Dogs and humans have different ideas of what “well groomed” means. Humans tend to like a neat coat, well-trimmed nails, clean teeth, and a pleasant or at least non-offensive odor.
Dogs, well, just don’t really seem to care. Just as long at they are not too itchy, it’s all good. And as for odor, is there really such as thing as a “bad” odor when you’re a dog?
So when it comes time for grooming, it’s hardly a surprise when a dog resists the idea of holding still for what may be a long time, isn’t overwhelmed with joy at being placed in a tub, actively fights have his nails clipped, or nips at a comb or brush that is teasing out mats.
These are not natural activities for a dog, and if they are not introduced as a part of early socialization, many dogs will not enjoy them. The fact is, things that dogs do not experience when they are young puppies can be scary for them when they are older.
Forcing a dog to submit to these things is not a good idea either, as it can increase anxiety and may even lead to an aggressive response. Even if they do go along, it doesn’t necessarily mean that they are enjoying themselves – many owners (and groomers, alas) are not familiar with the difference between calm and still.
Let’s look at the dictionary:
calm adjective (of a person, action, or manner) not showing or feeling nervousness, anger, or other emotions.
still adjective not moving or making a sound.
Buddha is calm when he is groomed. He enjoys it!
So how can we convince a dog that grooming is a good thing? How can we make sure that he is actually calm, and not just still?
The answer is counter-conditioning and desensitization (CC&DS.) CC&DS is a process where in we teach our dogs (but if you look around the ‘net you’ll see the process is often used with humans too) that something they find scary or unpleasant can actually be fun and rewarding. We do this by gradually pairing the unpleasant (or unknown) thing with something pleasant, such as food.
For example, let’s look at nail clipping. Many dogs find the process very unpleasant. As a matter of fact many dogs don’t even like having their feet handled at all, let alone held while their nails are clipped or ground. In this case “starting gradually” means starting out by gently handling a foot while giving your dog a treat.
Here’s one way to approach the problem.
- In a quiet place starting out gently touching your dog’s foot. Give him a very yummy treat. Repeat a few times. Move to step #2 when your dog is enjoying the process. These sessions are always very short. Maybe a minute or so.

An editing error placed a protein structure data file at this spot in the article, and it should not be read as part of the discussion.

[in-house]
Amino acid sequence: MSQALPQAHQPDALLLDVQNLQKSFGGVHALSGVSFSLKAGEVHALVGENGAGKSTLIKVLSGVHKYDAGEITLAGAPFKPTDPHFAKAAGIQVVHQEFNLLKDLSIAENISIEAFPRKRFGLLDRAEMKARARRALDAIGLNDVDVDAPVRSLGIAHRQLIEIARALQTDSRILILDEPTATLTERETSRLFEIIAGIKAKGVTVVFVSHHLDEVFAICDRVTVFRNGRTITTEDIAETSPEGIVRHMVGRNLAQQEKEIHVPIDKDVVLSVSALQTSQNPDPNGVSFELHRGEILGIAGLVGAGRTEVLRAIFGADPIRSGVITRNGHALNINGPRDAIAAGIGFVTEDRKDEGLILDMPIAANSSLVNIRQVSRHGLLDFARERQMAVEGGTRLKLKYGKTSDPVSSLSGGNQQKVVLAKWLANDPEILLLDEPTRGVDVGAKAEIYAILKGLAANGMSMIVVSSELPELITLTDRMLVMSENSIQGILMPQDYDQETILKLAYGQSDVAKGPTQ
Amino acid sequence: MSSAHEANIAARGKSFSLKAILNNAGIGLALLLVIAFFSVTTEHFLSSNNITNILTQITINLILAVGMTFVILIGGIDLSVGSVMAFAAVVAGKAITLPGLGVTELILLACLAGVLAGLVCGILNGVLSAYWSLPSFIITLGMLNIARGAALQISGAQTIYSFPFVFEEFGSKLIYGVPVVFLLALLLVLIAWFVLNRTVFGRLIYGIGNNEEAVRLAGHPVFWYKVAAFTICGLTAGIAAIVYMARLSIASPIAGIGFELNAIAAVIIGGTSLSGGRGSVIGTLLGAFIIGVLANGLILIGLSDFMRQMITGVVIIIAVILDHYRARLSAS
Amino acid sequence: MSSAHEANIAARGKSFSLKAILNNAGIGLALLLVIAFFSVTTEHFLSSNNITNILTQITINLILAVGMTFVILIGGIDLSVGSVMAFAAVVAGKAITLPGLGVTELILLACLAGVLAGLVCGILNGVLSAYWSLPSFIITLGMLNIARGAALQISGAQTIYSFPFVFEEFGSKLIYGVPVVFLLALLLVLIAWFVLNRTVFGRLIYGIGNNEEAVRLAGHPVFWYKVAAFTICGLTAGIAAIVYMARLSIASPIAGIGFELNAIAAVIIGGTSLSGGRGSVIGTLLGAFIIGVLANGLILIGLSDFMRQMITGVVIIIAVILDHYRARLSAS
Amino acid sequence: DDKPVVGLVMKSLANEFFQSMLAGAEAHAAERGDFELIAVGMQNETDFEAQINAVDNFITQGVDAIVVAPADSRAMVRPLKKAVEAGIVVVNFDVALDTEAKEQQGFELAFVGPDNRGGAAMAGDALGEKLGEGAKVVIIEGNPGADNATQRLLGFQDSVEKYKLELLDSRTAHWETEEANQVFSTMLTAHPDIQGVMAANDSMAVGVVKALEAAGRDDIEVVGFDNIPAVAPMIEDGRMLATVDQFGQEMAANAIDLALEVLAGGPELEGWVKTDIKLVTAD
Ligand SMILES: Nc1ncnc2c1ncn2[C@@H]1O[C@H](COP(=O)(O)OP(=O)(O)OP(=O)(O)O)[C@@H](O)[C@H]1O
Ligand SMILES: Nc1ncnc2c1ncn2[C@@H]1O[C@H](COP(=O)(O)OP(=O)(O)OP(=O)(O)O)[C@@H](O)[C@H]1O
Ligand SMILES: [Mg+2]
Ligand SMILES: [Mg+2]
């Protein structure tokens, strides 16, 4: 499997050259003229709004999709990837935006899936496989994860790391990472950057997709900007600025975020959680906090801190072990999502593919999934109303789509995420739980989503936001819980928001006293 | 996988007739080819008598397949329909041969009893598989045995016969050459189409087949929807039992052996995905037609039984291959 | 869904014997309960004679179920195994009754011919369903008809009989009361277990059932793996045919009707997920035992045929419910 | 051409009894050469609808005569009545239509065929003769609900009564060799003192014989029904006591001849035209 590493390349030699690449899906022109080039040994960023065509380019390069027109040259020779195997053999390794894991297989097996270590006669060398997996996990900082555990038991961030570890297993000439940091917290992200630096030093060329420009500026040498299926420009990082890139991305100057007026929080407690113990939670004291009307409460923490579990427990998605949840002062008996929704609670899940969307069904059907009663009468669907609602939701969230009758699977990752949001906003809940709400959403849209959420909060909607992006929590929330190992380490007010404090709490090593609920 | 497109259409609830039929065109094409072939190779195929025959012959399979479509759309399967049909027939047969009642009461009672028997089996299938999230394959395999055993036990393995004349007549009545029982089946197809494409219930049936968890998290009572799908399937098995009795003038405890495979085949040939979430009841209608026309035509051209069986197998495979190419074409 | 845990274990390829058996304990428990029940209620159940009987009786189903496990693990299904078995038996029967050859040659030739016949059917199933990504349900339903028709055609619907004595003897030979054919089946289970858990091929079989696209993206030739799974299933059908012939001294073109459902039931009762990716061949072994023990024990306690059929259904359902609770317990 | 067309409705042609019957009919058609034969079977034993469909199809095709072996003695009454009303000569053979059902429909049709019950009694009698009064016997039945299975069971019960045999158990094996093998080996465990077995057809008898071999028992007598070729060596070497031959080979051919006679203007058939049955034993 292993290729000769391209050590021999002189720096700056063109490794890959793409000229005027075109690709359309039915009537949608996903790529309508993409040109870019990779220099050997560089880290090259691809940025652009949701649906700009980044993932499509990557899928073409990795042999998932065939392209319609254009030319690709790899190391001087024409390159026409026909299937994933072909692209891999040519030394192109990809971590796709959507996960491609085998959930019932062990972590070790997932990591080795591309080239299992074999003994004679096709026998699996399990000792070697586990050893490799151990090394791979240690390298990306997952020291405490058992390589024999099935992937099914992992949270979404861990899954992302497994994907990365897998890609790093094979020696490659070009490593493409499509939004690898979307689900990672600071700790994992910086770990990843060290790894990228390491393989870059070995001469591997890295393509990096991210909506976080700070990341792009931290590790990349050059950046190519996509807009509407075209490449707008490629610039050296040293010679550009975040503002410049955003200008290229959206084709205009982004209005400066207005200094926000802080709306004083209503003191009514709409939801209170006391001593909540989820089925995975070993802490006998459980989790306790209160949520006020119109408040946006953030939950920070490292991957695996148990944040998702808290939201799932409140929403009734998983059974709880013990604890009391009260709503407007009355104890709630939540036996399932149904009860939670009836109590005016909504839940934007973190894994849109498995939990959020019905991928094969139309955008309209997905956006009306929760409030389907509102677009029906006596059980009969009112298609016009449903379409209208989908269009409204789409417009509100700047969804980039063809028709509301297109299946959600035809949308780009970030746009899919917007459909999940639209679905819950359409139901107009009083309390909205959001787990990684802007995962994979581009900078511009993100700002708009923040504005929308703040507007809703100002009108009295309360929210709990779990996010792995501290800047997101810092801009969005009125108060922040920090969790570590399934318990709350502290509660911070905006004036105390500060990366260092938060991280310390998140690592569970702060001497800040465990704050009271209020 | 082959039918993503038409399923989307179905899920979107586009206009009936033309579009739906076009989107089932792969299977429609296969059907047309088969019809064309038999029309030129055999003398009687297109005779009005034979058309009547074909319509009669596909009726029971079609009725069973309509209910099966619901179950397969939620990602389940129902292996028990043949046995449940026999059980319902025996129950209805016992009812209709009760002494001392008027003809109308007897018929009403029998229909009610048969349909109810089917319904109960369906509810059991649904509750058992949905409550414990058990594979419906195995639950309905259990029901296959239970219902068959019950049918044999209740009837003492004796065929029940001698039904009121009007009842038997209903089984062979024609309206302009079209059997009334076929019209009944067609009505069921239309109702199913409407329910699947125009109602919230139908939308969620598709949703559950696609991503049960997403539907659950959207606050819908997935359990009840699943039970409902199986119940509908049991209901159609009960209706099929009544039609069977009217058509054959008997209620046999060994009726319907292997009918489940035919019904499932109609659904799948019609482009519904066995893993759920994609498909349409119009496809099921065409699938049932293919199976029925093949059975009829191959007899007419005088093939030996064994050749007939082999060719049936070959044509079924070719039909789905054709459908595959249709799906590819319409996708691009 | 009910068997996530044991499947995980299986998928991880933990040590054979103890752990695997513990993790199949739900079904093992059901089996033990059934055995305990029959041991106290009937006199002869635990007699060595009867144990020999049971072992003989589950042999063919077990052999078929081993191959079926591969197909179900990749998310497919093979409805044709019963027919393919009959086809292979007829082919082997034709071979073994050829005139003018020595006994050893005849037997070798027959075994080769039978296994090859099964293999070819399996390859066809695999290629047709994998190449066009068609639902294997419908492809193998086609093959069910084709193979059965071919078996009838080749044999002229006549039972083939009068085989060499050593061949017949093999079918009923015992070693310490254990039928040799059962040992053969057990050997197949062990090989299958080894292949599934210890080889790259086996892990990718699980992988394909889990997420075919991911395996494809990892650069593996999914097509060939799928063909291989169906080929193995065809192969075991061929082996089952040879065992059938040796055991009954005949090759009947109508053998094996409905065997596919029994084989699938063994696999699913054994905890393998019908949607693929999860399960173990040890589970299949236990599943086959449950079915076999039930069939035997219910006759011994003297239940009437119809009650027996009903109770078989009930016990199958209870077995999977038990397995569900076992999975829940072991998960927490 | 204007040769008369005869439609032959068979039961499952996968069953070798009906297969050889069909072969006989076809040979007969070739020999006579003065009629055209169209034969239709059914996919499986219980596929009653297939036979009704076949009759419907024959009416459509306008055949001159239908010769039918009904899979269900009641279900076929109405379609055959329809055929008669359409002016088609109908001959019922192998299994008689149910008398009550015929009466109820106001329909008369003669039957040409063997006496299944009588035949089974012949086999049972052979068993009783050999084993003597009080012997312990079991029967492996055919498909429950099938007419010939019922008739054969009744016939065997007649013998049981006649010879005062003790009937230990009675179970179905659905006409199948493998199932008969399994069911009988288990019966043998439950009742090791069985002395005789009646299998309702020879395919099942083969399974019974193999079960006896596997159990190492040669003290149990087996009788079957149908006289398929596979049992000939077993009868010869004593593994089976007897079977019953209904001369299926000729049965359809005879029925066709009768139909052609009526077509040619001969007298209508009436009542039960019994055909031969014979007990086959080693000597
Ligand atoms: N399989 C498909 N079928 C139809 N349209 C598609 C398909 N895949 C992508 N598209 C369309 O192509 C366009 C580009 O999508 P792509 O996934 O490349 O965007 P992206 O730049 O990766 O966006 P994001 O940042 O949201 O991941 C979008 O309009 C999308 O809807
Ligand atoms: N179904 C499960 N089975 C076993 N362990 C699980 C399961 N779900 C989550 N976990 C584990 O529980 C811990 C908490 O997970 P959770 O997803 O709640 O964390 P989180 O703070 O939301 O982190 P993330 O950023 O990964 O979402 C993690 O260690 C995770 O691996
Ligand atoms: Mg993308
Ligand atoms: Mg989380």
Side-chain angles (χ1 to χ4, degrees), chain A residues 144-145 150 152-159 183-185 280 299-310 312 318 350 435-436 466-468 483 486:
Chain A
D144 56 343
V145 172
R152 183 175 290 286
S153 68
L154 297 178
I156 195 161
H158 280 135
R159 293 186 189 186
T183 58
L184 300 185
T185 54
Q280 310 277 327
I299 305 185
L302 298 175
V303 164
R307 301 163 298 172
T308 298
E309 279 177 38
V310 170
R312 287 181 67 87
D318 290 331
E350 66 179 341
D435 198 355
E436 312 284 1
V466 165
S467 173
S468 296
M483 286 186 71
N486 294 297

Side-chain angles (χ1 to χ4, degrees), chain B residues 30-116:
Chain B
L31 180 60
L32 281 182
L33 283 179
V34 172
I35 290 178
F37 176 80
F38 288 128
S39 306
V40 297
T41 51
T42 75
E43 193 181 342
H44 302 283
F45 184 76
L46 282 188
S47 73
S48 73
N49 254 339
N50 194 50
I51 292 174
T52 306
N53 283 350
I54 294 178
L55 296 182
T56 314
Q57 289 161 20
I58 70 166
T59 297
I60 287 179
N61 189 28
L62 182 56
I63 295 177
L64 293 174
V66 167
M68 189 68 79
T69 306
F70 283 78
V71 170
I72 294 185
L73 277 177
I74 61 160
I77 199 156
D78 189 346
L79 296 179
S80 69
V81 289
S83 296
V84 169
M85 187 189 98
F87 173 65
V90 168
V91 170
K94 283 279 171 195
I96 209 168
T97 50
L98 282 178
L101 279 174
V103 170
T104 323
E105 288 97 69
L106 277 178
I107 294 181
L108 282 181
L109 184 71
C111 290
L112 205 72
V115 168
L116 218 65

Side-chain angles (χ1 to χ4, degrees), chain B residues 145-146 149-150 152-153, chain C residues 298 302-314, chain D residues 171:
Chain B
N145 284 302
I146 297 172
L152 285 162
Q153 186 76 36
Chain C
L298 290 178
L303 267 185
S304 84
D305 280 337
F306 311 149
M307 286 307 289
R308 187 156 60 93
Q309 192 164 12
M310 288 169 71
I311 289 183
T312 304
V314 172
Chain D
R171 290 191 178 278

- While your dog is lying down, handle the foot a little bit longer. Spread out his toes. Give him a yummy treat. When your dog seems to be enjoying this continue, but also start step #3 in parallel, but never at the same time.
- Take out your nail clippers or nail grinder. Show them to your dog. Put them away. Give your dog a treat.
- If you are using the grinder, turn it on before bringing it near your dog. Combine yummy treats with the sound it makes.
- Once your dog seems happy with having feet handled and seeing the clippers, introduce the clippers while handling the feet but do not clip yet. Be generous with treats while handling feet and display the clippers.
- If you are using clippers, starting making some noise with them while handling the feet, but still not clipping.
- Trying clipping a single nail. Give the dog a treat. Put the clippers away and call it quits. Many people stop at this step, or soon after – instead of making nail clipping an hour-long ordeal, they cut 2 or 3 at a time, and make it much less stressful event.
Each step may take days, maybe even a week or more. Move on to the next step when your dog is relaxed and calm with the one you are working on. Think of the proverbial tortoise: slow and steady wins the race.
This methodology works with any kind of handling. You can break down brushing, clipping hair, and even cleaning ears.
A while back Buddha needed to have medication applied to an infected eye. Needless to say, this is not a comfortable process. Watch his reaction to having cream put directly on his eye in this video.
If something like this can be done without force or fear, why can’t grooming be the same way?
Take it slow, make it rewarding, and never force the issue. Your dog will thank you for it!